Council tax premiums on second homes in Pembrokeshire looks set to double with three quarters of the extra money raised – potentially around £2.3million a year – to be used for building more affordable homes.

The county council’s cabinet approved a recommendation to full council that the premium, currently set at 50 per cent, be increased to 100 per cent from April 2022 with the money collected to be split 75/25 between affordable home development and the enhancing Pembrokeshire fund.

Only one senior councillor, Tessa Hodgson, voted against the proposal, raising concerns about the “law of unintended consequences” and the risk second home-owners would change their properties to holiday lets and pay national non-domestic business rates instead (NNDR).

READ MORE: Second home tax premium in Flintshire could be reviewed

She also questioned whether families and young people actually wanted to live in some of the more rural and isolated coastal areas.

Cabinet member for finance, Cllr Bob Kilmister said it was incorrect that all money would be lost in that situation as the Welsh Government would pay the average Welsh council tax for that property – more than Pembrokeshire council tax, but less than the premium.

Cllr Paul Miller added that if properties were “switched” they would have to be let for a certain number of weeks a year and not just visited occasionally and “boarded up the rest of the year” so becoming “part of the economic prosperity of Pembrokeshire.”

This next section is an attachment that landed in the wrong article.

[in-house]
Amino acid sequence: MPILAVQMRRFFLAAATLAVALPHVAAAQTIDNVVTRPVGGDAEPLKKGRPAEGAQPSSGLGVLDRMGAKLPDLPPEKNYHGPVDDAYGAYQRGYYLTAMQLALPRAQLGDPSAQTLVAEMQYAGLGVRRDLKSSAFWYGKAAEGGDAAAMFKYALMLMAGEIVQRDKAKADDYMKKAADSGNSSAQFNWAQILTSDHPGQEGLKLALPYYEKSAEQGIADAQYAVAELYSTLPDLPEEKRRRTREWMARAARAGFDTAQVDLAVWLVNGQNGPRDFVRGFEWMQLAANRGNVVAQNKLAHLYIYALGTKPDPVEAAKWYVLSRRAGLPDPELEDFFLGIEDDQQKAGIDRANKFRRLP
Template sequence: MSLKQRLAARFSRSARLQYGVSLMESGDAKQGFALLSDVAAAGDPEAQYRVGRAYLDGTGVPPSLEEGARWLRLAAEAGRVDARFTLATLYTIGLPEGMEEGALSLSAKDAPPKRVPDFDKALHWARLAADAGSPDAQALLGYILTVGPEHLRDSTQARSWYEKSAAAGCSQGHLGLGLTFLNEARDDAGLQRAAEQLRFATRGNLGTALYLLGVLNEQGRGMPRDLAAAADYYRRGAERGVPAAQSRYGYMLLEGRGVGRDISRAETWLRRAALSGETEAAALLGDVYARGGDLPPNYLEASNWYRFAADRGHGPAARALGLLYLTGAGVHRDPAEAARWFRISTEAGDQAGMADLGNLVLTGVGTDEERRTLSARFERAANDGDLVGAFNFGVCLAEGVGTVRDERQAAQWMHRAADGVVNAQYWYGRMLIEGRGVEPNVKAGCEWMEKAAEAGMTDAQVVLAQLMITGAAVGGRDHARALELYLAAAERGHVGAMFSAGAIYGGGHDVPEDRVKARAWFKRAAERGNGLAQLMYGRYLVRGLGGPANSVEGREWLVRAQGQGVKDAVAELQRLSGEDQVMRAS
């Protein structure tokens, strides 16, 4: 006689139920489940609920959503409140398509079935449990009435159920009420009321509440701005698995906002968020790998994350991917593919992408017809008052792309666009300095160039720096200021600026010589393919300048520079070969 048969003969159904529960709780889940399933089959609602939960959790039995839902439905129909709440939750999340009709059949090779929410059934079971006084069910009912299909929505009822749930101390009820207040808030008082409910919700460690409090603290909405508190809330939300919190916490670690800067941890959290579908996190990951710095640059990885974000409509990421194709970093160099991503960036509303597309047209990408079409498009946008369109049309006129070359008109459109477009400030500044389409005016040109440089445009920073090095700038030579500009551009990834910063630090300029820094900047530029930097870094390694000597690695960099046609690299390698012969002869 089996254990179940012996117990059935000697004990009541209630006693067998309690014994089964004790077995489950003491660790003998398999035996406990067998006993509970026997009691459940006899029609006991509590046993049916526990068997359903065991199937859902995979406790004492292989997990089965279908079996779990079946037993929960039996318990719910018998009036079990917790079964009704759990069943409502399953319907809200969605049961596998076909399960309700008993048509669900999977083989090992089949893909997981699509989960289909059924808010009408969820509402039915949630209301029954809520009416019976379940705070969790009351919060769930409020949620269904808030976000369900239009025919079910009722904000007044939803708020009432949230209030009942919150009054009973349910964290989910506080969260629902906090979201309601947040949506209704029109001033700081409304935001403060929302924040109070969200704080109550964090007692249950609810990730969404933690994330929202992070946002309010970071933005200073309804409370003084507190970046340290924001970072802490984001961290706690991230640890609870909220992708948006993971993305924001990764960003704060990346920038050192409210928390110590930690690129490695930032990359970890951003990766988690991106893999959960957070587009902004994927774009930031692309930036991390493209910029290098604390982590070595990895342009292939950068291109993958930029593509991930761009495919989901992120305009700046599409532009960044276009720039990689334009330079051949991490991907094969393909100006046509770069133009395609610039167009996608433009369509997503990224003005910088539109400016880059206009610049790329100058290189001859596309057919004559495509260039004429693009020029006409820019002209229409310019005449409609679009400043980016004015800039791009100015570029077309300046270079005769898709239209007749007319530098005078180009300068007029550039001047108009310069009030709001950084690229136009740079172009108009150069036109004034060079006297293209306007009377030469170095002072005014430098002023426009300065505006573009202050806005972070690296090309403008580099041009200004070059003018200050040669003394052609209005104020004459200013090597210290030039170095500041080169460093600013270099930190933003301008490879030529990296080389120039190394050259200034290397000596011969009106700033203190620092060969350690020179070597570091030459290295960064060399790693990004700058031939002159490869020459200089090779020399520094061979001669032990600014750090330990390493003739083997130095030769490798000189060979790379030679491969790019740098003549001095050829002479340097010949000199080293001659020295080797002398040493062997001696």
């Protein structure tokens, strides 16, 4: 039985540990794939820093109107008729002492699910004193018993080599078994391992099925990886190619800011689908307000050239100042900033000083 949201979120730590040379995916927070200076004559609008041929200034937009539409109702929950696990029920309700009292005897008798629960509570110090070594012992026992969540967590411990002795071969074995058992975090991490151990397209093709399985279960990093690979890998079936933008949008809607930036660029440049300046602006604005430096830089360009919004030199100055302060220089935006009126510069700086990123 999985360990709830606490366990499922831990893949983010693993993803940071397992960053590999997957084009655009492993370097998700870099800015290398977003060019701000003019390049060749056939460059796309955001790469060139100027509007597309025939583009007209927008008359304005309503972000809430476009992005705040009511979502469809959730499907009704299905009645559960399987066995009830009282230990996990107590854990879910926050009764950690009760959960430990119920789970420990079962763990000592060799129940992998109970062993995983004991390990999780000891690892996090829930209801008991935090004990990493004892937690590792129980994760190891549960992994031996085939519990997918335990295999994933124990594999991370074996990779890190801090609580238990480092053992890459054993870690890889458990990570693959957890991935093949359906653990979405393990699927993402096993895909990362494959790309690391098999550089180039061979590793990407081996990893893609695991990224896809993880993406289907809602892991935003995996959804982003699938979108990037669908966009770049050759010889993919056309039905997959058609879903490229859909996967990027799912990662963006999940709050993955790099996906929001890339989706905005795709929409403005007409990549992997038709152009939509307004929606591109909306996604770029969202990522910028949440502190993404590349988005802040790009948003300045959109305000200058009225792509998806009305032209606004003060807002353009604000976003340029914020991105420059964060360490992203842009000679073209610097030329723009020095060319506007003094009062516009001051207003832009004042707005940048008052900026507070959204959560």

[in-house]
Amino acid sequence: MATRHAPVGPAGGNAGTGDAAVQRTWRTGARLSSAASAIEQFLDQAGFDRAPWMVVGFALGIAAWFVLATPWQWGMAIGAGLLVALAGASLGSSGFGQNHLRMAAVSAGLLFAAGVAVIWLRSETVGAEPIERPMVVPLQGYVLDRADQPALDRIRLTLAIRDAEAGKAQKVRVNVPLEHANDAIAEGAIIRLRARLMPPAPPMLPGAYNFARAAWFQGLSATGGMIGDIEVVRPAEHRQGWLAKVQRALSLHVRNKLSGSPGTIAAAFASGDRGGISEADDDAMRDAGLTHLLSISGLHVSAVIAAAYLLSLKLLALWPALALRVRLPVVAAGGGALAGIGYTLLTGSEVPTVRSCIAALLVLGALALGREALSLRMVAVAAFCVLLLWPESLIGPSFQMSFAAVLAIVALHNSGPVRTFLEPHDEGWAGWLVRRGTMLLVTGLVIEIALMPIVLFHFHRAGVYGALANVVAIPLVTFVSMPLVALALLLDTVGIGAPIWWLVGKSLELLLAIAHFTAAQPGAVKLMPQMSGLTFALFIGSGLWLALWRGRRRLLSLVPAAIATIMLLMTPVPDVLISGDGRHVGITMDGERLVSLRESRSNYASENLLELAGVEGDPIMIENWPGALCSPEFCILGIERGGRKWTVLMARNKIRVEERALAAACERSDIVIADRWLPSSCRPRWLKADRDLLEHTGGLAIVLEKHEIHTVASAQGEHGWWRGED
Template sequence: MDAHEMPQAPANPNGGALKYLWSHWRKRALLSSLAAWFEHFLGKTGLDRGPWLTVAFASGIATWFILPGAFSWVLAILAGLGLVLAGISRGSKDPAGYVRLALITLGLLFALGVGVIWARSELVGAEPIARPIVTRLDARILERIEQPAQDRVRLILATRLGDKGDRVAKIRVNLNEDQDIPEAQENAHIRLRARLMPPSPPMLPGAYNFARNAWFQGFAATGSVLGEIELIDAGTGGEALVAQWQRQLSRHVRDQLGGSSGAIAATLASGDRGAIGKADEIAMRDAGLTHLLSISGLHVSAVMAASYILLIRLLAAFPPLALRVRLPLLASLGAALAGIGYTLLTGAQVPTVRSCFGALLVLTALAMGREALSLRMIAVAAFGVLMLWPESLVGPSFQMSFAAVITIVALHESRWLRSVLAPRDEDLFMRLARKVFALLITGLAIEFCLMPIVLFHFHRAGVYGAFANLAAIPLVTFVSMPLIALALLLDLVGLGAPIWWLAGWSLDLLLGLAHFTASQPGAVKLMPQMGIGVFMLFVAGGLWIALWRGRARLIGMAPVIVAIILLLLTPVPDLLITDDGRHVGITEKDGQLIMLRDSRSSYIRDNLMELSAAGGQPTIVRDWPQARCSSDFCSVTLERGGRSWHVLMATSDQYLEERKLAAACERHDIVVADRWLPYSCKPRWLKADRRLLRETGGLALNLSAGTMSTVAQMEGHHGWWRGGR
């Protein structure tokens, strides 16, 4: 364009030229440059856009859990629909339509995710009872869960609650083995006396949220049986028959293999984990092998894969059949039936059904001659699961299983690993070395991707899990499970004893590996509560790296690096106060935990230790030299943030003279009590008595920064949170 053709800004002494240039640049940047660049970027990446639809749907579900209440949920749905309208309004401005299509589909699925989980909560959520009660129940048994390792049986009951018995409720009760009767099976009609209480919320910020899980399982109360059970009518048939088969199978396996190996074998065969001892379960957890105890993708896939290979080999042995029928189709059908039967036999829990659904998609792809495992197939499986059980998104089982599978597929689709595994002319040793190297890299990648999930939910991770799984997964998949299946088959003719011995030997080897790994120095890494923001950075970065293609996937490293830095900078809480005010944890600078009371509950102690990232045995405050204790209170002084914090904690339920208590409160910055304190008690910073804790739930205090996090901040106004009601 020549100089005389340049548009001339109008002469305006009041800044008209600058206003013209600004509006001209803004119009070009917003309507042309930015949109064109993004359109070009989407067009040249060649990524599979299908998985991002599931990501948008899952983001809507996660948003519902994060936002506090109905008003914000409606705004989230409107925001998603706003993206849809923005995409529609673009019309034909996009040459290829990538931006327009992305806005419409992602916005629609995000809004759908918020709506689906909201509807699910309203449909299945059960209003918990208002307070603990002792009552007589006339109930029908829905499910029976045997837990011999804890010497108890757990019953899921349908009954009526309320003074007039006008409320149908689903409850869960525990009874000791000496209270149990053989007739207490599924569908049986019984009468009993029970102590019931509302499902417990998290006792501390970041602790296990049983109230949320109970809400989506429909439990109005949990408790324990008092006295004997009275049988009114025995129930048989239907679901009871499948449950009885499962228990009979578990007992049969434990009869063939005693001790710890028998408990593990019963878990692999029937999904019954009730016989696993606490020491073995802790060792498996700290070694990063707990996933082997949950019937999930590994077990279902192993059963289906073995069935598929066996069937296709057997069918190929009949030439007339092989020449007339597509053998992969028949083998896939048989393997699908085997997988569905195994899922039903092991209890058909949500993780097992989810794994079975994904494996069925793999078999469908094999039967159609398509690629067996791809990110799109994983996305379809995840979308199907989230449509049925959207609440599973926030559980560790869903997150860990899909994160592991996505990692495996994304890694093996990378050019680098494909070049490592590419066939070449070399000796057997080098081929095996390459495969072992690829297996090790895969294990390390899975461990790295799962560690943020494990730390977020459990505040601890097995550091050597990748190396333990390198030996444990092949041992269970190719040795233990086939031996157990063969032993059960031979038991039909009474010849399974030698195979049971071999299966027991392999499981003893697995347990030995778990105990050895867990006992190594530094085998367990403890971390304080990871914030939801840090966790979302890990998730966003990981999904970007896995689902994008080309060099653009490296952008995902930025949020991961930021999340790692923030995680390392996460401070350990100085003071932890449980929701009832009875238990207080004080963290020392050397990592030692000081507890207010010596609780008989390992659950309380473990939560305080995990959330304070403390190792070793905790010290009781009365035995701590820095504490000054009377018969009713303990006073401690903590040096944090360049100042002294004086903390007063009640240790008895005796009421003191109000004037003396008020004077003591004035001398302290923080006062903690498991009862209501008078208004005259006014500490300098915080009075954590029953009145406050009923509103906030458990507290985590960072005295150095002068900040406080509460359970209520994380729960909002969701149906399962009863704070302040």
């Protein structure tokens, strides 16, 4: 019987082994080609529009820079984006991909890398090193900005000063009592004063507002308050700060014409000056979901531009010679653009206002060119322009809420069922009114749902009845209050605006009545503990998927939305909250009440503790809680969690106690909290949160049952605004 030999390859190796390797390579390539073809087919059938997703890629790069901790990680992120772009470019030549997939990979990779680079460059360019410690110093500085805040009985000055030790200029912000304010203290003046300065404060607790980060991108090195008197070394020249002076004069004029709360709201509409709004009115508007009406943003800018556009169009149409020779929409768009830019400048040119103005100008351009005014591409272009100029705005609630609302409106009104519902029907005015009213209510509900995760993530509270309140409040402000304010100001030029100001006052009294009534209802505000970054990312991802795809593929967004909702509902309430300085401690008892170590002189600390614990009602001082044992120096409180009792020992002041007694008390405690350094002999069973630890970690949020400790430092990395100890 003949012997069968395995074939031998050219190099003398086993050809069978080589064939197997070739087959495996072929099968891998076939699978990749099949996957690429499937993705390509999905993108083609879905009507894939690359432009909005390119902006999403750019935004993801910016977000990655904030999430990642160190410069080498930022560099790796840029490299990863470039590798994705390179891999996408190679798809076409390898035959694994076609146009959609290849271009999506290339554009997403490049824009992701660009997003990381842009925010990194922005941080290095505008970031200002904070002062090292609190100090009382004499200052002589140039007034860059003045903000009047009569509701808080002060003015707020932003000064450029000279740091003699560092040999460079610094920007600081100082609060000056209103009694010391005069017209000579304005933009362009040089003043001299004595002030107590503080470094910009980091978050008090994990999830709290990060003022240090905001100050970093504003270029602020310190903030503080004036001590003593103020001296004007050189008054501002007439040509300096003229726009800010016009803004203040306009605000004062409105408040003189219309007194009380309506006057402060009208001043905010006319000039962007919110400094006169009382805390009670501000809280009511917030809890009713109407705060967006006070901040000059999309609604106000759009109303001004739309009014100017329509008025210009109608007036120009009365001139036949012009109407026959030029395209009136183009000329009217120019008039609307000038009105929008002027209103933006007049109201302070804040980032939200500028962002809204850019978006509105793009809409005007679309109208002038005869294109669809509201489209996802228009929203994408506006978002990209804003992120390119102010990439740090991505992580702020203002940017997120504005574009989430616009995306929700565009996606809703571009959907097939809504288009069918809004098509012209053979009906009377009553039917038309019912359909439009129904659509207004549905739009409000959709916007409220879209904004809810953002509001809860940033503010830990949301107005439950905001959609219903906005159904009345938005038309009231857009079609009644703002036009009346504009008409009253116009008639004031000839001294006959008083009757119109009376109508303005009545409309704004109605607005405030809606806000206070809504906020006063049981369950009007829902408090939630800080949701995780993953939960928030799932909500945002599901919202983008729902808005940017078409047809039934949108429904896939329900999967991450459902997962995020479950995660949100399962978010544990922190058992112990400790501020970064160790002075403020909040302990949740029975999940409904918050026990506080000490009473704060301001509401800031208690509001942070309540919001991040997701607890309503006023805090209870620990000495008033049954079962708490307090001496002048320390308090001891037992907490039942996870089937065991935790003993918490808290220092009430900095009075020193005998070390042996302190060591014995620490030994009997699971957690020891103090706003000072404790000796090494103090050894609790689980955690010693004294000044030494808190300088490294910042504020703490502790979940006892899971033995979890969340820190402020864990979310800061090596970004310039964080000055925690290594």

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He, and other members, emphasised it was not about “xenophobic nonsense” or “demonising second home owners” but trying to address the real and pressing housing need in the county with tools available.

Members also wanted to know of Welsh Government plans on the issue, with an update due in the future, as well as highlighting the need to examine other mitigating measures through planning, licensing and covenants.

Cllr Michelle Bateman, cabinet member for housing, added it was a difficult decision but the amount of emails she got from residents in “dire housing need at the moment” was increasing and it wasn’t a case of not just finding a home they can afford but they “can’t find anything – full stop.”

Full council will be asked to decide on increasing the premium to 100 per cent, splitting proceeds 75 per cent to affordable housing and 25 per cent community grants, as well as keeping the empty home tax at the same level but using the money raised to bring more properties back into use.

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